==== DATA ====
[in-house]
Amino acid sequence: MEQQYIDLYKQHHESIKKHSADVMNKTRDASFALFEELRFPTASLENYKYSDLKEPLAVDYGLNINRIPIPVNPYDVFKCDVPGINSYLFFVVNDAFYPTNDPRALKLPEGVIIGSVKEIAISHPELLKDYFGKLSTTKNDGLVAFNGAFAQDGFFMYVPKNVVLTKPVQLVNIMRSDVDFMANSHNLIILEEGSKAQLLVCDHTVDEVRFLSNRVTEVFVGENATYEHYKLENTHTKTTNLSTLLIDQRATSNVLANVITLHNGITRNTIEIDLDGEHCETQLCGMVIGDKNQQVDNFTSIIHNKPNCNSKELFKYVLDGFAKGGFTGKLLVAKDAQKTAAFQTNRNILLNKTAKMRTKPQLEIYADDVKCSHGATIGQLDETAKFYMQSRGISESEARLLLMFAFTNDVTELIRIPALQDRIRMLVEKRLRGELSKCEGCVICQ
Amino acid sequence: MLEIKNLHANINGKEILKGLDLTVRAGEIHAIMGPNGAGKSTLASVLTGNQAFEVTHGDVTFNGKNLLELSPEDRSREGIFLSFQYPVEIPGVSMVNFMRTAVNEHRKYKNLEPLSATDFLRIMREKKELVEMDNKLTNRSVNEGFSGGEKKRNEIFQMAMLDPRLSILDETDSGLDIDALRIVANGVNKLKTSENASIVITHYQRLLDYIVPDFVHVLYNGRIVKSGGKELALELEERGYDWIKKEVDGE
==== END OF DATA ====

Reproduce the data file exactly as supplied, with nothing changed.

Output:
[in-house]
Amino acid sequence: MEQQYIDLYKQHHESIKKHSADVMNKTRDASFALFEELRFPTASLENYKYSDLKEPLAVDYGLNINRIPIPVNPYDVFKCDVPGINSYLFFVVNDAFYPTNDPRALKLPEGVIIGSVKEIAISHPELLKDYFGKLSTTKNDGLVAFNGAFAQDGFFMYVPKNVVLTKPVQLVNIMRSDVDFMANSHNLIILEEGSKAQLLVCDHTVDEVRFLSNRVTEVFVGENATYEHYKLENTHTKTTNLSTLLIDQRATSNVLANVITLHNGITRNTIEIDLDGEHCETQLCGMVIGDKNQQVDNFTSIIHNKPNCNSKELFKYVLDGFAKGGFTGKLLVAKDAQKTAAFQTNRNILLNKTAKMRTKPQLEIYADDVKCSHGATIGQLDETAKFYMQSRGISESEARLLLMFAFTNDVTELIRIPALQDRIRMLVEKRLRGELSKCEGCVICQ
Amino acid sequence: MLEIKNLHANINGKEILKGLDLTVRAGEIHAIMGPNGAGKSTLASVLTGNQAFEVTHGDVTFNGKNLLELSPEDRSREGIFLSFQYPVEIPGVSMVNFMRTAVNEHRKYKNLEPLSATDFLRIMREKKELVEMDNKLTNRSVNEGFSGGEKKRNEIFQMAMLDPRLSILDETDSGLDIDALRIVANGVNKLKTSENASIVITHYQRLLDYIVPDFVHVLYNGRIVKSGGKELALELEERGYDWIKKEVDGE